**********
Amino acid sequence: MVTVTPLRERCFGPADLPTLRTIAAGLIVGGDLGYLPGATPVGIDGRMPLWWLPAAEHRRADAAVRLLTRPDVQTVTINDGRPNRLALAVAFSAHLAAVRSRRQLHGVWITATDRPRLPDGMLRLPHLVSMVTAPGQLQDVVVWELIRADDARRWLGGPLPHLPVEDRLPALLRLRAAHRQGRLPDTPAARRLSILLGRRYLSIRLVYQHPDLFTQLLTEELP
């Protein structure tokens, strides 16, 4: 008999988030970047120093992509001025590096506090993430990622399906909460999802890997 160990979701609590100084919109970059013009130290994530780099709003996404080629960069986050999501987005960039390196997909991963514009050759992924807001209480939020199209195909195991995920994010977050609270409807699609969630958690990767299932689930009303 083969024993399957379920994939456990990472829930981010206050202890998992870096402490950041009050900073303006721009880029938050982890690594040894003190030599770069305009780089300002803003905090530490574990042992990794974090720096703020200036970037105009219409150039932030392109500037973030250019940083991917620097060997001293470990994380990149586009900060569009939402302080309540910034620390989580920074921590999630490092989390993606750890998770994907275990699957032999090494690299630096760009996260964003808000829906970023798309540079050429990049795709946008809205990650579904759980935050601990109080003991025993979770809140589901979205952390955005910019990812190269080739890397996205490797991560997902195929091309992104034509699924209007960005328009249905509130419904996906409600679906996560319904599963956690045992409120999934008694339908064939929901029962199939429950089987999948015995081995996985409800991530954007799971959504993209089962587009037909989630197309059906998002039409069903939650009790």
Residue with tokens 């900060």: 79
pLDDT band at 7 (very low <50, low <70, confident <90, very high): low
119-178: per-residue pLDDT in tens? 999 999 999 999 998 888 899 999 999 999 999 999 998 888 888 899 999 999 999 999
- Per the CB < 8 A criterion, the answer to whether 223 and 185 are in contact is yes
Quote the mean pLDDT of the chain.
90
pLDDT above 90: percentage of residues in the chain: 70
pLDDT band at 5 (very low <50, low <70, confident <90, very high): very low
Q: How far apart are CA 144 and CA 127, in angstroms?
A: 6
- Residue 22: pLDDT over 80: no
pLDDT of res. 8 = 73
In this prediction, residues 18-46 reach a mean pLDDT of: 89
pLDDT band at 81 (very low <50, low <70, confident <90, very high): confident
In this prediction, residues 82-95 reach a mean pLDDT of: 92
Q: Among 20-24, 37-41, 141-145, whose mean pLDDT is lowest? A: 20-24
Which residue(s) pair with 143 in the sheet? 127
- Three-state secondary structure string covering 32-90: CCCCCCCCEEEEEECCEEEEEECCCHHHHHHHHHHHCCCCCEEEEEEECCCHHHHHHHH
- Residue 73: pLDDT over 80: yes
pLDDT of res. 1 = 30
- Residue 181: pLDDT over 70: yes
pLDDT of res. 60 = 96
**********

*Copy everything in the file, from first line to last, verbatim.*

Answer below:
Amino acid sequence: MVTVTPLRERCFGPADLPTLRTIAAGLIVGGDLGYLPGATPVGIDGRMPLWWLPAAEHRRADAAVRLLTRPDVQTVTINDGRPNRLALAVAFSAHLAAVRSRRQLHGVWITATDRPRLPDGMLRLPHLVSMVTAPGQLQDVVVWELIRADDARRWLGGPLPHLPVEDRLPALLRLRAAHRQGRLPDTPAARRLSILLGRRYLSIRLVYQHPDLFTQLLTEELP
């Protein structure tokens, strides 16, 4: 008999988030970047120093992509001025590096506090993430990622399906909460999802890997 160990979701609590100084919109970059013009130290994530780099709003996404080629960069986050999501987005960039390196997909991963514009050759992924807001209480939020199209195909195991995920994010977050609270409807699609969630958690990767299932689930009303 083969024993399957379920994939456990990472829930981010206050202890998992870096402490950041009050900073303006721009880029938050982890690594040894003190030599770069305009780089300002803003905090530490574990042992990794974090720096703020200036970037105009219409150039932030392109500037973030250019940083991917620097060997001293470990994380990149586009900060569009939402302080309540910034620390989580920074921590999630490092989390993606750890998770994907275990699957032999090494690299630096760009996260964003808000829906970023798309540079050429990049795709946008809205990650579904759980935050601990109080003991025993979770809140589901979205952390955005910019990812190269080739890397996205490797991560997902195929091309992104034509699924209007960005328009249905509130419904996906409600679906996560319904599963956690045992409120999934008694339908064939929901029962199939429950089987999948015995081995996985409800991530954007799971959504993209089962587009037909989630197309059906998002039409069903939650009790």
Residue with tokens 């900060």: 79
pLDDT band at 7 (very low <50, low <70, confident <90, very high): low
119-178: per-residue pLDDT in tens? 999 999 999 999 998 888 899 999 999 999 999 999 998 888 888 899 999 999 999 999
- Per the CB < 8 A criterion, the answer to whether 223 and 185 are in contact is yes
Quote the mean pLDDT of the chain.
90
pLDDT above 90: percentage of residues in the chain: 70
pLDDT band at 5 (very low <50, low <70, confident <90, very high): very low
Q: How far apart are CA 144 and CA 127, in angstroms?
A: 6
- Residue 22: pLDDT over 80: no
pLDDT of res. 8 = 73
In this prediction, residues 18-46 reach a mean pLDDT of: 89
pLDDT band at 81 (very low <50, low <70, confident <90, very high): confident
In this prediction, residues 82-95 reach a mean pLDDT of: 92
Q: Among 20-24, 37-41, 141-145, whose mean pLDDT is lowest? A: 20-24
Which residue(s) pair with 143 in the sheet? 127
- Three-state secondary structure string covering 32-90: CCCCCCCCEEEEEECCEEEEEECCCHHHHHHHHHHHCCCCCEEEEEEECCCHHHHHHHH
- Residue 73: pLDDT over 80: yes
pLDDT of res. 1 = 30
- Residue 181: pLDDT over 70: yes
pLDDT of res. 60 = 96